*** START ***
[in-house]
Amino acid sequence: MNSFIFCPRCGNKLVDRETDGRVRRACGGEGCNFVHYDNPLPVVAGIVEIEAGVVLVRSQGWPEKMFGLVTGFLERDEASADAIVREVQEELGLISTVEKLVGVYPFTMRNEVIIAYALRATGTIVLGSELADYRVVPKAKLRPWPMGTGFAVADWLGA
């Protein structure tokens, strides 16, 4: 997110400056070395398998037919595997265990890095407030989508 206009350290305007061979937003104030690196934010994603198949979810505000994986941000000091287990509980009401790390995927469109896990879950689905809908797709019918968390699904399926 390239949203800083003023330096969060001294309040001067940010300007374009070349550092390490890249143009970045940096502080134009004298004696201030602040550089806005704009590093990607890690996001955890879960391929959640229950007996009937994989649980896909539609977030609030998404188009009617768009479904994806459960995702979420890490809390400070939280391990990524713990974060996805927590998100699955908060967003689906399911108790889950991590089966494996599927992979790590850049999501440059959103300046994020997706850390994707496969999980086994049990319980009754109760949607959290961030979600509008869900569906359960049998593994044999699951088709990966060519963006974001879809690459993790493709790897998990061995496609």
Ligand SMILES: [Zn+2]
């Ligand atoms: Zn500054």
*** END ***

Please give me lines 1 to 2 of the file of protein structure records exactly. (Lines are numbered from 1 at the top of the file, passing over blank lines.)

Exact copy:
[in-house]
Amino acid sequence: MNSFIFCPRCGNKLVDRETDGRVRRACGGEGCNFVHYDNPLPVVAGIVEIEAGVVLVRSQGWPEKMFGLVTGFLERDEASADAIVREVQEELGLISTVEKLVGVYPFTMRNEVIIAYALRATGTIVLGSELADYRVVPKAKLRPWPMGTGFAVADWLGA